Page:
After World War II, Taipei’s landscape was shaped by architects who were well-versed in European and American modernism. They seemed to be on the verge of developing a unique urban palette for Taipei, but ultimately still fell short of Ide Kaoru’s ideal, which called for a blending of colors that could express calm and restraint while retaining a sense of vigor. Taipei’s postwar style instead deployed white tiles on building exteriors in order to convey a sense of spaciousness. The rapid economic development of this period produced mass quantities of buildings with uniform interiors and a limited range of exterior colors. The architects of the Republic of China were quite obsessed with white facades that emphasized volume, a modernist principle embodied most visibly by the New York Five in the 1980s. This group of star architects, also known as the Whites, was idolized and imitated around the world. We all know how the rest of the story went. In the rainy climes of Taipei, the white brick exteriors were not cleaned as regularly as the mighty building management committees had envisioned. They quickly became stained by exhaust and grime in the era of the automobile and no longer highlighted the spatial or structural features of the buildings as originally intended. The tiles were successively removed and restored, but no longer did they convey the modernist ideal of the city of white. In this city of pale hues filled with people of all social strata, how could the Republic of China’s blue bloods show off their elite status during an era of authoritarian rule? Landmarks with yellow glazed roof tiles thus became the symbol of a ruling class pining for their lost homeland.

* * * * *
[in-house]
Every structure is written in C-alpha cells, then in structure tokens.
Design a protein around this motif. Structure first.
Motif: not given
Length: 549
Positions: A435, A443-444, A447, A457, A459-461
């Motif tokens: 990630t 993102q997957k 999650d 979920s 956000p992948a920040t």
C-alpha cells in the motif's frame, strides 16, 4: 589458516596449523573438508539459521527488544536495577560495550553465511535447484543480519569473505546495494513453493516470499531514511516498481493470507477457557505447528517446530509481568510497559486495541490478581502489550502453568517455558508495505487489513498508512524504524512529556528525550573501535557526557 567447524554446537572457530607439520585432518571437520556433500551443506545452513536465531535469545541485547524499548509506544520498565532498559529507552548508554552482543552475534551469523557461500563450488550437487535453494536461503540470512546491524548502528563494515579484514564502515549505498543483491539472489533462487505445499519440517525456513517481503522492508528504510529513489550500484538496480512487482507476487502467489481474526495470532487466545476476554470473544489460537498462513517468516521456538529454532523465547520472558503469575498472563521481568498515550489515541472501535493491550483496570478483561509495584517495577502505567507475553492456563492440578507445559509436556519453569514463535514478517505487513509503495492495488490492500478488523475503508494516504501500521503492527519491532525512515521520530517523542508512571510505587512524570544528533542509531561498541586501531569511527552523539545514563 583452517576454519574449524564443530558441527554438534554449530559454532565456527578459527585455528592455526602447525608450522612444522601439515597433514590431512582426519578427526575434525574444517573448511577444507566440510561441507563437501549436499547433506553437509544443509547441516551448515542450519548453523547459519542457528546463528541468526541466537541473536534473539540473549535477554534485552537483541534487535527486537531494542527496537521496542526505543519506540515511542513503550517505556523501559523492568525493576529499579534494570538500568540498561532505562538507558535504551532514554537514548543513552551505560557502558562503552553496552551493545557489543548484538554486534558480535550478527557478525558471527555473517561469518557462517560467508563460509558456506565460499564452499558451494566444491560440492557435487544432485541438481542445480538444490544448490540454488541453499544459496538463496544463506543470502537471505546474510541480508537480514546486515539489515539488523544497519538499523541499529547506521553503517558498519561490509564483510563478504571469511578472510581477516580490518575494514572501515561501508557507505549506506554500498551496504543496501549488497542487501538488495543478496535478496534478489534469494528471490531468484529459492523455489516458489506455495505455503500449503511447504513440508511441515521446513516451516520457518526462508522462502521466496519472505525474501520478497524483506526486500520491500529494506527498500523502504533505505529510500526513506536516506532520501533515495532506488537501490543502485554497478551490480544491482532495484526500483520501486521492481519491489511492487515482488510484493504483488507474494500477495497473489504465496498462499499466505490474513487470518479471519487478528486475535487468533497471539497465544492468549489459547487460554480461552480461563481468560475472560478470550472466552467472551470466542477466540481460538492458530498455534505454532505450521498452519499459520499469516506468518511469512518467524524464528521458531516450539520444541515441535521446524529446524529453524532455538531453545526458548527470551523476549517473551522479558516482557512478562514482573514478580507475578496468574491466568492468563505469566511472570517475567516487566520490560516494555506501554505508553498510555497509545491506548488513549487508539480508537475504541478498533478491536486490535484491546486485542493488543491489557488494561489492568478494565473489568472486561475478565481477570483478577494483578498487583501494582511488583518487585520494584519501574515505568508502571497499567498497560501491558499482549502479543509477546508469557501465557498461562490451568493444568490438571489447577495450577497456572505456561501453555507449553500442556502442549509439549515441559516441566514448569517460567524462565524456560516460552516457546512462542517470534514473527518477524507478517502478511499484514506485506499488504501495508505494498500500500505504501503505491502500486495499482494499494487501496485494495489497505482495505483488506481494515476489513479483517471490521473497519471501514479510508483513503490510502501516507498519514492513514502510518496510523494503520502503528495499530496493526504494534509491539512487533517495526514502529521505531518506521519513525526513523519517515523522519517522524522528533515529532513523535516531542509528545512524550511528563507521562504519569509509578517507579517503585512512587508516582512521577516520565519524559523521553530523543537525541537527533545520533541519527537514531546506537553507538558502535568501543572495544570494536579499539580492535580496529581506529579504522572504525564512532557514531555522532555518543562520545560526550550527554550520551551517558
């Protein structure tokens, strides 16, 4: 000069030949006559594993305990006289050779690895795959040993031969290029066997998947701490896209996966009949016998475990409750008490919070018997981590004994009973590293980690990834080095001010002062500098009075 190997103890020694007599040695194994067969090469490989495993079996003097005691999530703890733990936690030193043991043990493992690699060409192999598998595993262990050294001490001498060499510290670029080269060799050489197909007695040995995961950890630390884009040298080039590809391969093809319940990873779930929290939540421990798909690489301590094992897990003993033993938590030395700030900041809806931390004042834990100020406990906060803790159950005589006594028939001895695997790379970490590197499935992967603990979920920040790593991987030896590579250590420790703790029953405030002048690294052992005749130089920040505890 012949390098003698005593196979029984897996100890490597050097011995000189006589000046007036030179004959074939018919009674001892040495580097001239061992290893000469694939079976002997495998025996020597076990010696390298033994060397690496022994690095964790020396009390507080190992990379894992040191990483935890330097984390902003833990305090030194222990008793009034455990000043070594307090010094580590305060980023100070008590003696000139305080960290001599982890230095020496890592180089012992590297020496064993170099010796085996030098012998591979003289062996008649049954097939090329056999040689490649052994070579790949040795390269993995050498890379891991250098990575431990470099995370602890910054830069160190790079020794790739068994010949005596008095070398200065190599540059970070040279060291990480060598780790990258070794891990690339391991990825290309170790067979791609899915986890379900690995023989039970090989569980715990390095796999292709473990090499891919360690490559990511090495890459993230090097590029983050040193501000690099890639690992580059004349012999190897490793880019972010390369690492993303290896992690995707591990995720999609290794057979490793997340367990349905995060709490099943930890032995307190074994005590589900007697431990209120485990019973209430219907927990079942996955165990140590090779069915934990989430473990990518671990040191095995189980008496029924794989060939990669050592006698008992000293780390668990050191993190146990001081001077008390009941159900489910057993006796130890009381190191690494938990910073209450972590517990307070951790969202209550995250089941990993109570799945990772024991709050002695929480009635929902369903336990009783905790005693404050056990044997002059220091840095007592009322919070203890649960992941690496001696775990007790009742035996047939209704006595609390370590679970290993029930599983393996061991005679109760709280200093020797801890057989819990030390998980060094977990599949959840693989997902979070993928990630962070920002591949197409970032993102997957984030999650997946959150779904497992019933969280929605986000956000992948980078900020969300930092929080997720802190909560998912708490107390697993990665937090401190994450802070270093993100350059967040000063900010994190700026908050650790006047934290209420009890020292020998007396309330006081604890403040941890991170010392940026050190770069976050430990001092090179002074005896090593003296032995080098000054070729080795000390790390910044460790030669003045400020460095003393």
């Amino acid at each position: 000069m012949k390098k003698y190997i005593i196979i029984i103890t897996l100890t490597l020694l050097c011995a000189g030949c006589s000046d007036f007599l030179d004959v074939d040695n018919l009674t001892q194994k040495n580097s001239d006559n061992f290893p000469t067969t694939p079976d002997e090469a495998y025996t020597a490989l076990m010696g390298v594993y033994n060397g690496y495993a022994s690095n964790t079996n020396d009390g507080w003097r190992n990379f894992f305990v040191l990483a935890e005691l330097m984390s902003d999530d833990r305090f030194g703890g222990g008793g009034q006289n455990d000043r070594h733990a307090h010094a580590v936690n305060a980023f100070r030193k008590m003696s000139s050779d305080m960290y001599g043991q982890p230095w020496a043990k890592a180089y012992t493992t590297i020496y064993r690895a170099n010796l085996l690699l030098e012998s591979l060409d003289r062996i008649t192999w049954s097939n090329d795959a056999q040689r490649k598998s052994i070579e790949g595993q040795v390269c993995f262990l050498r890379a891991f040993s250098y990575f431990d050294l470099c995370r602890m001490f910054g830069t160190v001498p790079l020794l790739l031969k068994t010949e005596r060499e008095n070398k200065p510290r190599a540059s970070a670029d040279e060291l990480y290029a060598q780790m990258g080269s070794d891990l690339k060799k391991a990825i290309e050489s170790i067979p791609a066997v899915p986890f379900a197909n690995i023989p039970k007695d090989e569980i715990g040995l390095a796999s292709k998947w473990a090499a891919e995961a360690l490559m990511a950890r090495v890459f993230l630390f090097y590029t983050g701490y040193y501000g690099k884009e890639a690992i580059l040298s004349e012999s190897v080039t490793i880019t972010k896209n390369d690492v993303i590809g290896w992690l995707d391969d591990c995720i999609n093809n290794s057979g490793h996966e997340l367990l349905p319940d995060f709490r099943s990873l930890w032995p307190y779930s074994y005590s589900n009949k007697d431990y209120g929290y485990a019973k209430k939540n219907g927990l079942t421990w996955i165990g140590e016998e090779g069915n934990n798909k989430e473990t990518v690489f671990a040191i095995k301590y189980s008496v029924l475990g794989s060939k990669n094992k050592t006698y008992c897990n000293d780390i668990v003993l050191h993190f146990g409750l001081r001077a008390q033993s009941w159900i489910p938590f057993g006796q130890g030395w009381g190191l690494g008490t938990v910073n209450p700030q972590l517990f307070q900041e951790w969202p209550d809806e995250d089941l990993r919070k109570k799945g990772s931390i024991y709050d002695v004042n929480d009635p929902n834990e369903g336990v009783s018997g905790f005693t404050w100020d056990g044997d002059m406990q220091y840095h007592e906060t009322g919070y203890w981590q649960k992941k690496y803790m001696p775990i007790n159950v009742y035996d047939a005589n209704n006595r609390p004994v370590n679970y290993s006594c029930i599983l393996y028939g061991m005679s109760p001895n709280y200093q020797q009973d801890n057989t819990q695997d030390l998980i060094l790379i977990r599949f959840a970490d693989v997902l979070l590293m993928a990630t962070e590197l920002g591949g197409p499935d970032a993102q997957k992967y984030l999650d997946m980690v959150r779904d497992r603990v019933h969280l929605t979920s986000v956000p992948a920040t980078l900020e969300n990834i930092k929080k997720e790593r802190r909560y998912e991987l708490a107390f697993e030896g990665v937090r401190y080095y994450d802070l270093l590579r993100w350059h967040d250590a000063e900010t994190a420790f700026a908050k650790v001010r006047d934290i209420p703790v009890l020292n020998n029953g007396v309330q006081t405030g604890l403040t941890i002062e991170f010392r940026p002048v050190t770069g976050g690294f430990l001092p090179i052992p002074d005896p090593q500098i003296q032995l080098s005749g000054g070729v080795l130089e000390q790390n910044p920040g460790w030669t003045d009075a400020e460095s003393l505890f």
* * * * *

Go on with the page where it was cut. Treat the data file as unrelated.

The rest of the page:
According to Professor Yang Hongxun of the architecture department of Tsinghua University in Beijing, Confucian temples and the habitations of the highest classes of the imperial family were the only structures allowed to use yellow glazed tiles during the Ming and Qing dynasties. Even the households of other nobles, including princes and lords, were limited to green or black tiles. The Kuomintang government took credit for overthrowing the Manchu Qing empire and leading the Xinhai Revolution. After relocating to Taiwan, the KMT used public resources to successively construct places like the National Revolutionary Martyrs’ Shrine, the National Dr. Sun Yat-Sen Memorial Hall, and the National Theater and Concert Hall. In a twist of historical irony, these buildings all proudly make use of yellow glazed tiles, that most potent symbol of the imperial power toppled by the Xinhai Revolution. In the so-called Republic of China, the ruling party was essentially creating symbols to demonstrate they were the successors to the imperial palace. That the KMT inherited this mentality from dynastic times is absurd and paradoxical, a fact that has largely been overlooked beyond the communities of architectural researchers.

If you looked out over the cityscape of postwar Taipei, you’d see glimmers of golden roofs in the midst of endless rows of white buildings, a brazen imposition of the shadow of the ancient Chinese capitals of Luoyang, Chang’an, Nanjing, and Beiping upon the Taipei Basin. The tallest of these buildings with yellow rooftops was none other than the Yuanshan Grand Hotel, the protagonist of the book in question.

Ultimately, neither white nor yellow became a representative color of Taipei or the urban style of Taiwanese architecture. All that remains is the massive red mansion that still towers on Yuanshan, a location chosen for its excellent feng shui to house a shrine during the Japanese colonial era. The Yuanshan Grand Hotel has borne witness to tumultuous events like the establishment of the Democratic People’s Party, a great fire on its roof, the hiring of “lion-hearted” general manager Stanley Yen, and the controversy over the national flag during a Chinese delegation’s visit in 2008. The elite pretensions that the authoritarian government-in-exile vehemently maintained have faded away over time. A palace that once wielded immense power has ultimately reverted to the competition of the free market. Thanks to the stories recorded by T.H. Lee, we are able to glimpse Taiwanese history in the hotel. As for Taipei’s future and the question of how to create a national style, we’ll leave this in the hands of generations to come.